Here is a very simple exercise for improving one’s self-esteem by valuing one’s successes.

Each evening, before going to sleep, scan through the day in your mind and reflect back on what you have done that day. In going through that look out for successes (including the small ones, the actions that you could easily take for granted) and make them conscious, write them down and allow them to give confirmation back to you.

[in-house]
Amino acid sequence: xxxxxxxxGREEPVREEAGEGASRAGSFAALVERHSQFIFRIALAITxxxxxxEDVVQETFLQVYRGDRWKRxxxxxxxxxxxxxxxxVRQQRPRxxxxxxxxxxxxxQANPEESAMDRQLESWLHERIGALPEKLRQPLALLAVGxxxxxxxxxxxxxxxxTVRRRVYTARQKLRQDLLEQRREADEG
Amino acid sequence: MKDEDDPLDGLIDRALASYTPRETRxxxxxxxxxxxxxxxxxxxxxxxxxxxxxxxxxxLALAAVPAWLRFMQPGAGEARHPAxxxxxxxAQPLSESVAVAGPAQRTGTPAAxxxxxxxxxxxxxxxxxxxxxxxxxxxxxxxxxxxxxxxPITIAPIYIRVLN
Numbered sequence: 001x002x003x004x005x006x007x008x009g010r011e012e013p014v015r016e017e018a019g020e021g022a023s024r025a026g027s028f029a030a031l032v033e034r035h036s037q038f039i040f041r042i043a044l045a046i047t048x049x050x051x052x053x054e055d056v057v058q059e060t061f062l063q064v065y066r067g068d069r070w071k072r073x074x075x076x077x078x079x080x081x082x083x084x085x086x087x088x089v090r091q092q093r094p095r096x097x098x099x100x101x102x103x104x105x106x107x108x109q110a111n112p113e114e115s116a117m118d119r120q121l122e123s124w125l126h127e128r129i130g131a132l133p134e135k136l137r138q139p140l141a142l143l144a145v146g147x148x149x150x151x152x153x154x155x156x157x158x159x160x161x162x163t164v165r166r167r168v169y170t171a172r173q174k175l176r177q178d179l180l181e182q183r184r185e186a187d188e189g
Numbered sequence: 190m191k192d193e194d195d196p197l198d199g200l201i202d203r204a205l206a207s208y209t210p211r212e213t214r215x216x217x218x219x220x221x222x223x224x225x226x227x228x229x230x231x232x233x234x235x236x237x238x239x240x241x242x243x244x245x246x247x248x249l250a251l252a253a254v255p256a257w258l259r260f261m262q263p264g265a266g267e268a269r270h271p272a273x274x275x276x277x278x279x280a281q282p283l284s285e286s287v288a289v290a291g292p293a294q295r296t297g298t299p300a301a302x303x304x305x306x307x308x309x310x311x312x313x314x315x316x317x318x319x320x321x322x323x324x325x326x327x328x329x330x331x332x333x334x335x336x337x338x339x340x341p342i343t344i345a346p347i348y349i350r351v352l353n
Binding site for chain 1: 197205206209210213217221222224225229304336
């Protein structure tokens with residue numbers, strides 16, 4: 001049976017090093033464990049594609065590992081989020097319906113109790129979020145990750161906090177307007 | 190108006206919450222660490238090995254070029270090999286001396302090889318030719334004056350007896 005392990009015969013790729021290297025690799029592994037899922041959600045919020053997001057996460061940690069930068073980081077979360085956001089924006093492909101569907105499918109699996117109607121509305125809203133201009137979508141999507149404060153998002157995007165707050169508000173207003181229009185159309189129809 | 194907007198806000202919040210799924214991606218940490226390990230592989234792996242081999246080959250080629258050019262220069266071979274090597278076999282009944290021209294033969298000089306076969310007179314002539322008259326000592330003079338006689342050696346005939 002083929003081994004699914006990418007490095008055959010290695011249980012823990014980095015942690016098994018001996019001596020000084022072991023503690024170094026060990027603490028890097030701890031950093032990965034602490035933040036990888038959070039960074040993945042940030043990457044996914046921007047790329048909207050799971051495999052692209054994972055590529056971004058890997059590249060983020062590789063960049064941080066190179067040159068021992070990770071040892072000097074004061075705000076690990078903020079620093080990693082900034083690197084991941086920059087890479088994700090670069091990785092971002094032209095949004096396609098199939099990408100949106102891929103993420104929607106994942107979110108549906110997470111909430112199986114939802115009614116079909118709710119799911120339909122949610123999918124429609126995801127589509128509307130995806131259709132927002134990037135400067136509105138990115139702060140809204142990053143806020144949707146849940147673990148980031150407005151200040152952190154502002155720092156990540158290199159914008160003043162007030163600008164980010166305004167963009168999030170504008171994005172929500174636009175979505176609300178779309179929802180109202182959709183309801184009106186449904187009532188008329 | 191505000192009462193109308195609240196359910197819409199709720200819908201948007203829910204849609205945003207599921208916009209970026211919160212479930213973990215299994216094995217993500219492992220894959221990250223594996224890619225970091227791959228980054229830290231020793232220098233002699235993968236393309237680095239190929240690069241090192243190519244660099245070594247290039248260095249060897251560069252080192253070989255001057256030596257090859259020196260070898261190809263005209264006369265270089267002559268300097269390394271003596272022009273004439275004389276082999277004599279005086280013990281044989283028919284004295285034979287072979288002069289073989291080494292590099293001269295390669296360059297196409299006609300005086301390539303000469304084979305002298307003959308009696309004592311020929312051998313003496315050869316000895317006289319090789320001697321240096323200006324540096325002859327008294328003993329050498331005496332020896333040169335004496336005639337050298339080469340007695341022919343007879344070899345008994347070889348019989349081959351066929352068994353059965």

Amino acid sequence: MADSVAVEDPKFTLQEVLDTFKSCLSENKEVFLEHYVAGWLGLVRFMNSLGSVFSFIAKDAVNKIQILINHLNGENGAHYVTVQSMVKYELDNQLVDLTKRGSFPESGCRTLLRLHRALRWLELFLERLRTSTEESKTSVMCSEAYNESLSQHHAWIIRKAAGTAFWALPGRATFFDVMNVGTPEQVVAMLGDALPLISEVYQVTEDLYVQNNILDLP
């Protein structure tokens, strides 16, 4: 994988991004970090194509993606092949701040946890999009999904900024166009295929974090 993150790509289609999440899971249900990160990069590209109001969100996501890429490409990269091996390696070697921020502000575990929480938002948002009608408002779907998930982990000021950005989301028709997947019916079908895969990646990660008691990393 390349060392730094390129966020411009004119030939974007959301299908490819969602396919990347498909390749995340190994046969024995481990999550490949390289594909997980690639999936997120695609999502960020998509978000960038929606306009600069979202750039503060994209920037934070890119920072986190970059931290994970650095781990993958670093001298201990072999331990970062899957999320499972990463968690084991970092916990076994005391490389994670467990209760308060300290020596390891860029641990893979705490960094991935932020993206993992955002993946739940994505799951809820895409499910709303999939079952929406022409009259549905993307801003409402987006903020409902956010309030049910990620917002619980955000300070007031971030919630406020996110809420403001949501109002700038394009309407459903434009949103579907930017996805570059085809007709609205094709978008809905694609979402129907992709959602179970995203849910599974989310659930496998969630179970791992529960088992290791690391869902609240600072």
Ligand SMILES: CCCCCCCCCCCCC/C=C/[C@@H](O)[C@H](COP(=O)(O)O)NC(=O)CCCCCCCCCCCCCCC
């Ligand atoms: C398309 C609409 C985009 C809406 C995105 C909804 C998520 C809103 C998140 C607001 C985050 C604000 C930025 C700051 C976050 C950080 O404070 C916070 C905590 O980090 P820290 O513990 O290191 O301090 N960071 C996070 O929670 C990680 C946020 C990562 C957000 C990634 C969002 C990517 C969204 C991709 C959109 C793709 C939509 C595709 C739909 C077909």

This is perhaps a small grain of sand on the seashore of a large territory, but thinking about success in this way could change a person’s view of themselves, and their self-esteem and credit for themselves, and their belief in their ability to build their own life. It could also allow a different way of thinking in approaching other people. For the value, respect and acceptance to who and what one is, is the value and respect and acceptance one has towards others.

Anne Böhringer, Iet Veenland and Yvonne Briand Christensen